One more and you could call it a trend: the engaging indie “Barry” follows “Southside with You” as the latest movie to depict the young Barack Obama. In this case, it’s nearly a decade earlier than the first-date events of “Southside,” zeroing in on the forthcoming president’s first year as an ill-at-ease college transfer student at Columbia University in New York.
A disarming portrait of loneliness and uncertainty, but also awakening and acceptance, it has the unintended effect of seeming more melancholic than it really is, probably due to the unsteady political times we find ourselves in as the real-life Obama leaves office, his legacy potentially under threat. “Barry,” anchored by a nicely understated lead performance from Australian actor Devon Terrell, and directed with a sure hand by Vikram Gandhi (“Kumaré”), is blessedly not refracted through the future, however. It’s not about a man destined to win something. It’s about the search to belong, and that makes it more sneakily American and quietly patriotic than any achievement-oriented, conventional biopic.
“Barry” (premiering theatrically and on Netflix Dec. 16) is also a love letter to the sweep, the steep, and stoops of New York, a city that can demand of a young questioning newcomer of mixed-race heritage — Ralph Ellison in his hand and do-good impulses in his head — that he decide who he is, and fast. He’s nearly hit by a swinging boombox. There’s graffiti everywhere, dogs barking from trashed vacant lots in his crime-ridden Upper West Side neighborhood, and on his first night visit to campus, he gets a flashlight beam in the face from a security guard who demands an ID.
Then when the entitled white classmate in poly sci talks about Reagan’s “moral authority” (this is 1981), Barry feels almost obligated to remind the class that that the will of the people didn’t always protect minorities, that states once voted for slavery. White guy shoots back, “Why does everything have to be about slavery?” (Some clueless pushbacks never change.)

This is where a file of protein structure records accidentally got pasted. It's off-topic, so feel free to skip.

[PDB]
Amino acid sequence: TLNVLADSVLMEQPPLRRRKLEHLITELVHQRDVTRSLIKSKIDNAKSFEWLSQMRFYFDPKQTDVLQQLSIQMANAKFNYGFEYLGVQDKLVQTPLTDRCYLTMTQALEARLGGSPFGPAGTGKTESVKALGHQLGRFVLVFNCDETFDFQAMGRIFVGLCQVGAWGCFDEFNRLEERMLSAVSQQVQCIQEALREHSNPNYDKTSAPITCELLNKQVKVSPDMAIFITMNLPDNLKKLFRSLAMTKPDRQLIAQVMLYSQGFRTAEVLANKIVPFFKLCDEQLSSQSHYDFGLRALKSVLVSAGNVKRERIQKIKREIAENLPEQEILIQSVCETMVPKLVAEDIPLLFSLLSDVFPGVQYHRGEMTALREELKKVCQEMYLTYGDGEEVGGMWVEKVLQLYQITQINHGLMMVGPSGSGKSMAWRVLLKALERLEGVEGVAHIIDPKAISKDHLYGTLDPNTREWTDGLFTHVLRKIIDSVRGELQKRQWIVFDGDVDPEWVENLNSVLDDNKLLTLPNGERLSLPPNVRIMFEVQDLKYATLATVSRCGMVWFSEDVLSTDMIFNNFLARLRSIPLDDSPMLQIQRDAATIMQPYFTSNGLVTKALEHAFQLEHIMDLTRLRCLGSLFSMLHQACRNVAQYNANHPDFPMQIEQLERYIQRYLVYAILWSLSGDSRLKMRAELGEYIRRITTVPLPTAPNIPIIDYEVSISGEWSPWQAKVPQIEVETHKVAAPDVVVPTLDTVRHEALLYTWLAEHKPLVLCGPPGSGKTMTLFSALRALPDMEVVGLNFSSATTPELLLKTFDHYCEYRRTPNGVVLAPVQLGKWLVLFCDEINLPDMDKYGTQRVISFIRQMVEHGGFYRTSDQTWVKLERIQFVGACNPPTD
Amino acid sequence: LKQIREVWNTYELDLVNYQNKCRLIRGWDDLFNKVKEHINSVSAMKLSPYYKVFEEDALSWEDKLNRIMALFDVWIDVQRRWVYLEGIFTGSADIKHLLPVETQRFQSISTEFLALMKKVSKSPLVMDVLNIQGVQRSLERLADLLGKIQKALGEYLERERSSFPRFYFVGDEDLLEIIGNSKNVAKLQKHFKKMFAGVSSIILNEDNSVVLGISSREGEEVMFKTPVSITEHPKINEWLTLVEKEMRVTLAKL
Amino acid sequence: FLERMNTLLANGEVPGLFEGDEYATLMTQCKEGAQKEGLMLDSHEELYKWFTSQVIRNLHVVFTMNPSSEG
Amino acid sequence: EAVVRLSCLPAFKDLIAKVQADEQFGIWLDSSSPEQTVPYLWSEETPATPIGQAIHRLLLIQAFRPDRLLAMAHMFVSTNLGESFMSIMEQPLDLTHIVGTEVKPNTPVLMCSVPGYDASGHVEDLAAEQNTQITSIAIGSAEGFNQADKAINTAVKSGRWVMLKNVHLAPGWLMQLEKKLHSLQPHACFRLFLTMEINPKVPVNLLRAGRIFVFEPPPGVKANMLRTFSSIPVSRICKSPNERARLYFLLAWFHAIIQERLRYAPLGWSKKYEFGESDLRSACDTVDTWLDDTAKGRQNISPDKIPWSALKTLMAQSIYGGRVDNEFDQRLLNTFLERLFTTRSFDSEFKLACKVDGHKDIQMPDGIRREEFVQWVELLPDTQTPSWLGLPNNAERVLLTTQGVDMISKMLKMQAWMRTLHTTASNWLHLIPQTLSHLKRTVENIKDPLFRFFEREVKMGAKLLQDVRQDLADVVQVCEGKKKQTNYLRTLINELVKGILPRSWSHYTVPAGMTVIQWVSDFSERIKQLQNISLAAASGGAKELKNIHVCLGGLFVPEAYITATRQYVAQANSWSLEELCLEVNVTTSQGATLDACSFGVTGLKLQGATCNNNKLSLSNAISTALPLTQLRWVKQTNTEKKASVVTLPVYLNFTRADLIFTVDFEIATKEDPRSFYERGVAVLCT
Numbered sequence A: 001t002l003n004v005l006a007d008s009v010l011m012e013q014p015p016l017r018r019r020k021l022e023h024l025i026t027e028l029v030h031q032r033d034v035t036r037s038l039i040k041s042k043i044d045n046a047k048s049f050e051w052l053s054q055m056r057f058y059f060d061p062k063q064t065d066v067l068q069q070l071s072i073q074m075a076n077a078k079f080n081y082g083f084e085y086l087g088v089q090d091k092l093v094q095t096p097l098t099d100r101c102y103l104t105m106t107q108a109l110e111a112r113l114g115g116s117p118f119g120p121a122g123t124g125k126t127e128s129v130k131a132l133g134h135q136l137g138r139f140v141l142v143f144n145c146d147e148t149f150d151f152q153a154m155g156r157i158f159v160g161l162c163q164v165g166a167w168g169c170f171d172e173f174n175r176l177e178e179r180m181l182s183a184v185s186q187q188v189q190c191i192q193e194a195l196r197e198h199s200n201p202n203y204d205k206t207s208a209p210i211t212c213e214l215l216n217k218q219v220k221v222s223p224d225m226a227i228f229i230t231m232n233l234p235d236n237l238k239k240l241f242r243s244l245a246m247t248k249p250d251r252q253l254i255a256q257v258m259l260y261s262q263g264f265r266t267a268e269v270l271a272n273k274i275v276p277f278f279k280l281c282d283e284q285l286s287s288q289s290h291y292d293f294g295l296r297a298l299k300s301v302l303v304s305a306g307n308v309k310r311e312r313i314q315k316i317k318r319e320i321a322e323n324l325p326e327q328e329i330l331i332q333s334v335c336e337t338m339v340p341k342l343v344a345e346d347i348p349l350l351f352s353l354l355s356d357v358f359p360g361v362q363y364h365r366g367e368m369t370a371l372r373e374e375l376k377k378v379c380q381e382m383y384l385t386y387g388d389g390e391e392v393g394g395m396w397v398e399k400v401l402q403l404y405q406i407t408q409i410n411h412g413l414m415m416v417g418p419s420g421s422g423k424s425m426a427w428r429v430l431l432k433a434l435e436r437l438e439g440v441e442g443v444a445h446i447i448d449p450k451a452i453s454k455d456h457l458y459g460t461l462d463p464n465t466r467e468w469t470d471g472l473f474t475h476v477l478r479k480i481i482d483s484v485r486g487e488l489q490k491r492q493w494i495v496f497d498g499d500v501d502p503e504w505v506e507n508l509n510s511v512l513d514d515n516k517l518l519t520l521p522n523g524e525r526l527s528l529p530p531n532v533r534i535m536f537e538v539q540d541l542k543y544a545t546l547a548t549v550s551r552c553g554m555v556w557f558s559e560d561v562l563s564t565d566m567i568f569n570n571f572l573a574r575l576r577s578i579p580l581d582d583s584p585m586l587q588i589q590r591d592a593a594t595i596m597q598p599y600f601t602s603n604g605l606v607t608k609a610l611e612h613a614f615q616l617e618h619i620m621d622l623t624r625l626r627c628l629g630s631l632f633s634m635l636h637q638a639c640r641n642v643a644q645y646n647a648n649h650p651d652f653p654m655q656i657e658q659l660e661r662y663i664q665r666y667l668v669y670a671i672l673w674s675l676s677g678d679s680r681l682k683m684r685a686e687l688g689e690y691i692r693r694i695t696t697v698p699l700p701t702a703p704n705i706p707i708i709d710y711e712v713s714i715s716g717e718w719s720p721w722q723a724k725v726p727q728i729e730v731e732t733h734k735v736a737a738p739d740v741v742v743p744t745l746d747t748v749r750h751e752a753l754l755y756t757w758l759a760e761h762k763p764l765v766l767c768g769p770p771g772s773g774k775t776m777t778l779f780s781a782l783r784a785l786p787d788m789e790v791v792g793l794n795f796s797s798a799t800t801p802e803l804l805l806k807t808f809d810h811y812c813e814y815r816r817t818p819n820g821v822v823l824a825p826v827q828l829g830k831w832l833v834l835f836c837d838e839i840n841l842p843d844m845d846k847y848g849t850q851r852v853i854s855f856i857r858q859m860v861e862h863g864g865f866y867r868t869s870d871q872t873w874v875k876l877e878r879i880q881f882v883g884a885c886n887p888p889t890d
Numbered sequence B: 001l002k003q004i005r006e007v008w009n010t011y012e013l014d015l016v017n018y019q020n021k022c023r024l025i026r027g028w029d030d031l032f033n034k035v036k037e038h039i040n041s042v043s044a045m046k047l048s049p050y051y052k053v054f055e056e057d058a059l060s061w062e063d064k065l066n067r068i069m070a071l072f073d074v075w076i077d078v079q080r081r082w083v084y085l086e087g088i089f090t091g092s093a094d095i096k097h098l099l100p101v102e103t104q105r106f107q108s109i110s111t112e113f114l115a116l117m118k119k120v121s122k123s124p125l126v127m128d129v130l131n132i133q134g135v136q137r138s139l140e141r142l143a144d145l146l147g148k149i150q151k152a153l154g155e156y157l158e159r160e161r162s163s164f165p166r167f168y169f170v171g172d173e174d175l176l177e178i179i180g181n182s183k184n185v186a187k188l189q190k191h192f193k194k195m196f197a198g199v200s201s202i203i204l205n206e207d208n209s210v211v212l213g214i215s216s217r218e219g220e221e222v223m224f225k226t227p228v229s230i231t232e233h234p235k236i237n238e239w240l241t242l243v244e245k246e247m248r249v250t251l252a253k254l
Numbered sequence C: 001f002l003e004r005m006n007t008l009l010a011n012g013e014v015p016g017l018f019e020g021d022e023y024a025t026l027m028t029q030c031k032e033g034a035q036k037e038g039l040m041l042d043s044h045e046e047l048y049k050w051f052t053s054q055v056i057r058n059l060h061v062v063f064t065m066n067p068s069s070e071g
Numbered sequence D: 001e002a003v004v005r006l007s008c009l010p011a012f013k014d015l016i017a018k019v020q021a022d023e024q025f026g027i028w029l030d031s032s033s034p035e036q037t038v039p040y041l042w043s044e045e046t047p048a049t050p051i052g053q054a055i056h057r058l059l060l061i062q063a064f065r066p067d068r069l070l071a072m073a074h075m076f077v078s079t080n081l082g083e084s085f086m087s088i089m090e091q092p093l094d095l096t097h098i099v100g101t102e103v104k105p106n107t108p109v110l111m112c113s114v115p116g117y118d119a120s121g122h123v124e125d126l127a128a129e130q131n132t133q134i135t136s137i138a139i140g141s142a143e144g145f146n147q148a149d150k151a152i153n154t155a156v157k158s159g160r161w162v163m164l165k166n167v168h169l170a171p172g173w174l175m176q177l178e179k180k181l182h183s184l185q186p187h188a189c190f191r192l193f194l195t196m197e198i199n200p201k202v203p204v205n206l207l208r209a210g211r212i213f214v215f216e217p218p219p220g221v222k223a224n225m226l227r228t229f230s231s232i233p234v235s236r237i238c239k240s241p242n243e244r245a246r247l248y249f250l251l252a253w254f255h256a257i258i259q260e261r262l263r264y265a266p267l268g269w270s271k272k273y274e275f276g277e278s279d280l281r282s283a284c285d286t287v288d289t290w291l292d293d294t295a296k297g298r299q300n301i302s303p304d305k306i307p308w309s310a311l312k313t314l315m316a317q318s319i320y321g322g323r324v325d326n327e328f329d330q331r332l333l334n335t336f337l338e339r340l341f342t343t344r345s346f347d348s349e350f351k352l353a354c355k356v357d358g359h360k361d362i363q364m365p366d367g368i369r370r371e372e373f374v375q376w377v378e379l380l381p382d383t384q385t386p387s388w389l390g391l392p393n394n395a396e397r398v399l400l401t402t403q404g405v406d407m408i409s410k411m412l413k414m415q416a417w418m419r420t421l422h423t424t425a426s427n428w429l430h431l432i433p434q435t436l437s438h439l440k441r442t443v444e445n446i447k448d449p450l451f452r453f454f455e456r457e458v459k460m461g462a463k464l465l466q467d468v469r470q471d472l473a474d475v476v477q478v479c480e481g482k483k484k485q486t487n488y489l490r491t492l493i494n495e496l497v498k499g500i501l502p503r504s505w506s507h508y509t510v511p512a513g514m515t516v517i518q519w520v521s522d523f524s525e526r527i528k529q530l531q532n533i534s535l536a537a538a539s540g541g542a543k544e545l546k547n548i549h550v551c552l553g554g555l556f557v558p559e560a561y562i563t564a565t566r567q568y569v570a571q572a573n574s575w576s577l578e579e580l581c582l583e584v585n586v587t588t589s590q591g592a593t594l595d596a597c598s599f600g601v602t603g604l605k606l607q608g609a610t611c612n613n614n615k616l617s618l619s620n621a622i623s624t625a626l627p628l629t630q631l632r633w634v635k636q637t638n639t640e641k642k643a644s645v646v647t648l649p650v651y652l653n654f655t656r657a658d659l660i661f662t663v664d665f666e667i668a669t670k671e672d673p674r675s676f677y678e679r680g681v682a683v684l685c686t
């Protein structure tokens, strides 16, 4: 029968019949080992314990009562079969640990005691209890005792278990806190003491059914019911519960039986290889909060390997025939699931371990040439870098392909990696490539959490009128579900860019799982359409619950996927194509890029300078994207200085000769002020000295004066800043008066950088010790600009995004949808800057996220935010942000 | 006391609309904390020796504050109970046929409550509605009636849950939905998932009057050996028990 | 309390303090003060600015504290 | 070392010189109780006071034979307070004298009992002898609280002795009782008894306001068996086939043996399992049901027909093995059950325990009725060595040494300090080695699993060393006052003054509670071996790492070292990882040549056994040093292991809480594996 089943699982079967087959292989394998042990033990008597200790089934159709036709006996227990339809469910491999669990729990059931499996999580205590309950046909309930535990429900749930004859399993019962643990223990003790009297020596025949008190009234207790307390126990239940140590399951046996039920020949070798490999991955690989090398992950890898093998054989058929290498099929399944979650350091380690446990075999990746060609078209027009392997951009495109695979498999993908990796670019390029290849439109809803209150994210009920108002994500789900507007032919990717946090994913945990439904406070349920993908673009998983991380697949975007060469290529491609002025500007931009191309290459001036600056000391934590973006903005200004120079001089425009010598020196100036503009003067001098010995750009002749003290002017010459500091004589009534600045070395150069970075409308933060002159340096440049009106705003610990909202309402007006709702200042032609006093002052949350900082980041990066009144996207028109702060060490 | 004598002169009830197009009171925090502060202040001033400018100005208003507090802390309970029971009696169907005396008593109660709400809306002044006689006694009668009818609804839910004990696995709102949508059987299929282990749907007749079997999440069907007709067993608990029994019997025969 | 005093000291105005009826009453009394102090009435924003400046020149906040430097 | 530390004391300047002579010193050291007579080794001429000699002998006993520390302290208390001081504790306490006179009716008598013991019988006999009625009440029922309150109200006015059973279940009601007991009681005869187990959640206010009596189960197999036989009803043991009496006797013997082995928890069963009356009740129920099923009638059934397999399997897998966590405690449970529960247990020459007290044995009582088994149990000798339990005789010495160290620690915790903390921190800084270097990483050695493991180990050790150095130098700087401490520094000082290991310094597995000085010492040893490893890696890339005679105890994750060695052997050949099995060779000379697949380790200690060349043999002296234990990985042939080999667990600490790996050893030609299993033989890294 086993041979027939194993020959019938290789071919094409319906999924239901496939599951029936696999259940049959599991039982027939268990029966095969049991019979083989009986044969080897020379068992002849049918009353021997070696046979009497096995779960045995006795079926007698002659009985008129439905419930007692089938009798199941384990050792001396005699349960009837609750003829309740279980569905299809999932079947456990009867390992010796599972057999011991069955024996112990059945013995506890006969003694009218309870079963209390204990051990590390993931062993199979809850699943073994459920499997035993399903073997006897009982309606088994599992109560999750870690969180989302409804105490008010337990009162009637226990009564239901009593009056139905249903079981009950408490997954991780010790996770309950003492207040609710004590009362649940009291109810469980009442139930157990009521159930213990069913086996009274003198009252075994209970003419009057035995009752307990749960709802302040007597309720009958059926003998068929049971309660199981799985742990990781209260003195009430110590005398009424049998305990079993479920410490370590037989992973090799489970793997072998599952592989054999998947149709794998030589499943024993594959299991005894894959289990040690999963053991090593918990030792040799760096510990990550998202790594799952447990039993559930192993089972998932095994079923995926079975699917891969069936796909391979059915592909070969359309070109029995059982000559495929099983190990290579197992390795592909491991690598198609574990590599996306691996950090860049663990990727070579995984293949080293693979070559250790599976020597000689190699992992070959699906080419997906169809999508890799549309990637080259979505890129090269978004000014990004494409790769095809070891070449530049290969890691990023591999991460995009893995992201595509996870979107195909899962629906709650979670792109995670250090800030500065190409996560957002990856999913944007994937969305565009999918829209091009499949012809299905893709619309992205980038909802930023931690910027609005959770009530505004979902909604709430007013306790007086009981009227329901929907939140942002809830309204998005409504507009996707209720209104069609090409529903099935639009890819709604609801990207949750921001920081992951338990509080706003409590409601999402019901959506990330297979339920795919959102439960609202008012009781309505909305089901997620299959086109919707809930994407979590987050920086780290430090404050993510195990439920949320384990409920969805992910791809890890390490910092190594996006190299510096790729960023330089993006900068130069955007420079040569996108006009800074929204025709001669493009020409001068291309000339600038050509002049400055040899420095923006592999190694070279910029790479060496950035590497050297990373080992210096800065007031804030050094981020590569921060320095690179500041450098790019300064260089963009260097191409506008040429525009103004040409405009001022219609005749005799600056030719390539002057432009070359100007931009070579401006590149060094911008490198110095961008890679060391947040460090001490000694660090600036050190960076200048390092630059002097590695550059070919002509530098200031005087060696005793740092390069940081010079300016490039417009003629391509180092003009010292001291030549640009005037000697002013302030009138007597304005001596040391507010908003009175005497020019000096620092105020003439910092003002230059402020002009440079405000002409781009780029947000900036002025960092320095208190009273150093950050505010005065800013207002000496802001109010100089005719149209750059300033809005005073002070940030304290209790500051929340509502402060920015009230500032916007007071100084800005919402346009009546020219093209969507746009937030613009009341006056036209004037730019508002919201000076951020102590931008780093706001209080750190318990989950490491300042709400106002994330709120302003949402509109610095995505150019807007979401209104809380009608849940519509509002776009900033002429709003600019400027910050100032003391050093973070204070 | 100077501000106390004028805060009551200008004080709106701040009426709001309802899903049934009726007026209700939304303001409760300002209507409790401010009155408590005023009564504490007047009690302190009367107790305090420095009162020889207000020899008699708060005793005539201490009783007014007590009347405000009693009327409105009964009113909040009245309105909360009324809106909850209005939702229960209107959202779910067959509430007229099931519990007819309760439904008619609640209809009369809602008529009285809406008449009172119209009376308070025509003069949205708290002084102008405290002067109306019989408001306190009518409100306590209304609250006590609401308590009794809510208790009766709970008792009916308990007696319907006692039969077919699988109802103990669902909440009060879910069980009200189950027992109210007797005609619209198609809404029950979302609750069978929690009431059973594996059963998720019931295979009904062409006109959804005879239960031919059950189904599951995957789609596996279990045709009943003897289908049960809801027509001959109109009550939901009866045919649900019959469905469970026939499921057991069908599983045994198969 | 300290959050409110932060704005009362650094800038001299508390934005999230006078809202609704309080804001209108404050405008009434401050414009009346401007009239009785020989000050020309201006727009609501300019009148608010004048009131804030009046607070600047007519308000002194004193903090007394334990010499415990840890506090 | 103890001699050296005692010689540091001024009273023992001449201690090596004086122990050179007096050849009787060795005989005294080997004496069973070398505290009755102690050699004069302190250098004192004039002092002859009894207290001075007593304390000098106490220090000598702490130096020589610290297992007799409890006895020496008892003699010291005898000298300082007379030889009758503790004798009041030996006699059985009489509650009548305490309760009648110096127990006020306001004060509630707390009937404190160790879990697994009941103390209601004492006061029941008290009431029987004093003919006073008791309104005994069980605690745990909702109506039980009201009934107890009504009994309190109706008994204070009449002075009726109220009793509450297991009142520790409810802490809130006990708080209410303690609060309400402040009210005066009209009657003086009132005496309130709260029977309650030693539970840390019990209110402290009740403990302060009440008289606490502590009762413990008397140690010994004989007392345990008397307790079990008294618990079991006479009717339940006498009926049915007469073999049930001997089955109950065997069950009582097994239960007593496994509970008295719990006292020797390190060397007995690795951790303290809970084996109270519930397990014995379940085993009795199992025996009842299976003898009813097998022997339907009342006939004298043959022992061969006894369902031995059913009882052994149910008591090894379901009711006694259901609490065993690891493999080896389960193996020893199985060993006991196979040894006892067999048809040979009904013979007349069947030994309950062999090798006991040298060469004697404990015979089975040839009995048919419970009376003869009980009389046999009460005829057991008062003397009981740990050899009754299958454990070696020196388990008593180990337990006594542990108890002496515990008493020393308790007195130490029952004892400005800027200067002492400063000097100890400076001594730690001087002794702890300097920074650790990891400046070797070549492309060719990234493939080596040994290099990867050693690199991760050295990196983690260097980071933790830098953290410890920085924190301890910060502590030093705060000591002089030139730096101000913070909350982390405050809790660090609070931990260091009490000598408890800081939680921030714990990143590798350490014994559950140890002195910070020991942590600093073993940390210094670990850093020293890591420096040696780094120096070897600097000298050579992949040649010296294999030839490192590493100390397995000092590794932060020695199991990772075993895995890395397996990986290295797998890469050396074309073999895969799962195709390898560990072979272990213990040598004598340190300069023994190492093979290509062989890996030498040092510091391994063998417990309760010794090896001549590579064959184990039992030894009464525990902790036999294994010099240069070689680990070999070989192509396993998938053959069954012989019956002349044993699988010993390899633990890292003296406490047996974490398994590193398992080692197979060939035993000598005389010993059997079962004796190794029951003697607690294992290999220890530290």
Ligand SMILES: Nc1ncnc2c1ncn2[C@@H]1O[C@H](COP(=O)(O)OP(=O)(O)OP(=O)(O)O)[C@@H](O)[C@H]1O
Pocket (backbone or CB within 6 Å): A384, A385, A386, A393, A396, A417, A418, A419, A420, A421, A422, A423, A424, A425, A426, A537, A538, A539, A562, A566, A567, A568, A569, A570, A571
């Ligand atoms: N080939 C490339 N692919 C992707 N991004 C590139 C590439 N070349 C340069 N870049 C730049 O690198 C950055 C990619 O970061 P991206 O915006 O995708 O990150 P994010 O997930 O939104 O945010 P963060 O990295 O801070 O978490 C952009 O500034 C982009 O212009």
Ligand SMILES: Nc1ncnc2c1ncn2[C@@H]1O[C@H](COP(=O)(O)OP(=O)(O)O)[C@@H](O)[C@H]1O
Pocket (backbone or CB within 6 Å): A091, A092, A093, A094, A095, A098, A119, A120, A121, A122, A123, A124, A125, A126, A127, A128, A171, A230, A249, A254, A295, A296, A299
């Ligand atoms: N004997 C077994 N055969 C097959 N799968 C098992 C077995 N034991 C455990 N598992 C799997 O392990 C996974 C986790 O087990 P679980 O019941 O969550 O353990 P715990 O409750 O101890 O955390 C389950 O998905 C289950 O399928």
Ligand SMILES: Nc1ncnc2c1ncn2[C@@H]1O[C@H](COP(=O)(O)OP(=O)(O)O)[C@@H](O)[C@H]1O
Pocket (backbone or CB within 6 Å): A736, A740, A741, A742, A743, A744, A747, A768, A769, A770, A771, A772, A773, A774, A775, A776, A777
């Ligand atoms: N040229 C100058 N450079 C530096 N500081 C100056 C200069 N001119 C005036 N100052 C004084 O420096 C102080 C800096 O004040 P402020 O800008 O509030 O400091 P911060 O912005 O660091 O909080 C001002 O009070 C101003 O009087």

No wonder Obama chain smokes, enjoys a little weed now and again with his Pakistani roommate (a funny Avi Nash, “Learning to Drive”), seeks out pick-up basketball on nearby courts, and gladly returns the attention of smart, attractive classmate Charlotte (a superb Anya Taylor-Joy from “The Witch”), who becomes his girlfriend. That he’s so open to dating a white woman may be a byproduct of who he’s around at Columbia, and they definitely have fun together, whether taking in an Ed Koch interview or going to the club. But their rapport doesn’t make drinking in the country club lifestyle of her liberal-minded wealthy folks (Linus Roache and Jenna Elfman) any easier, nor having her on his arm when they walk past glaring neighborhood women of color and “white devil”-spouting radicals.
Further adding to Barry’s churning identity issues is the fact that he’s only met his Kenyan dad once, when he was ten, which adds stifling weight to the letter he keeps trying to write to him. It also informs a great scene in which his remarried (and re-divorced) mom (Ashley Judd) arrives for a visit. As loving as she is, there’s the subtlest look of exasperation on Barry’s face that seeing “Black Orpheus” with your hippie-ish white mom isn’t the same as having a relationship with your absent African father.
One of the best attributes of “Barry” — which also features Ellar Coltrane (“Boyhood”) as a fellow student, and Jason Mitchell (“Straight Outta Compton”) as a hoops pal with Wall Street ambitions who shows Obama the projects — is its refusal to give us a “Rosebud” moment. That’s because Gandhi and screenwriter Adam Mansbach understand that whoever you are at any given moment is a mixture of all you’ve experienced, and all you hope to experience.
Unlike “Southside with You,” which reveled in the knowing, smiling wink (Look how he connects with parishioners! He just said he might go into politics!), “Barry” gives us a confused but intelligent, floundering striver who could go in any number of directions. He’s a work-in-progress, and Terrell’s fine performance — the halting Obama rhythms, the ever-assessing look in his eyes — combined with the breezy, modestly evocative movie around him, thankfully keep hindsight dramatizing at bay.
The filmmakers do get in one cheeky allusion to his eventual path: on their way to Charlotte’s sister’s wedding, she says to her stern-faced squeeze, who’s bottling in some tragic news, “You look like you’re going into battle.” Cut to a frame-filling shot of the family manse: yep, a big white house.
But what “Barry” ultimately leaves you with, as Nina Simone sings Bob Dylan’s “I Shall Be Released” and our protagonist comes to grips with a certain incompleteness about his father, is the sense of a quester emboldened. During the wedding scene, the filmmakers have their young protagonist get introduced to activist Grace Lee Boggs, who offers up the reminder that “life is a beautiful struggle.”
It hasn’t always been easy trying to figure out what’s going through the mind of the 44th president of the United States, but “Barry” is a satisfyingly curious, honest attempt to make his inner struggle a beautiful part of this groundbreaking statesman’s biography.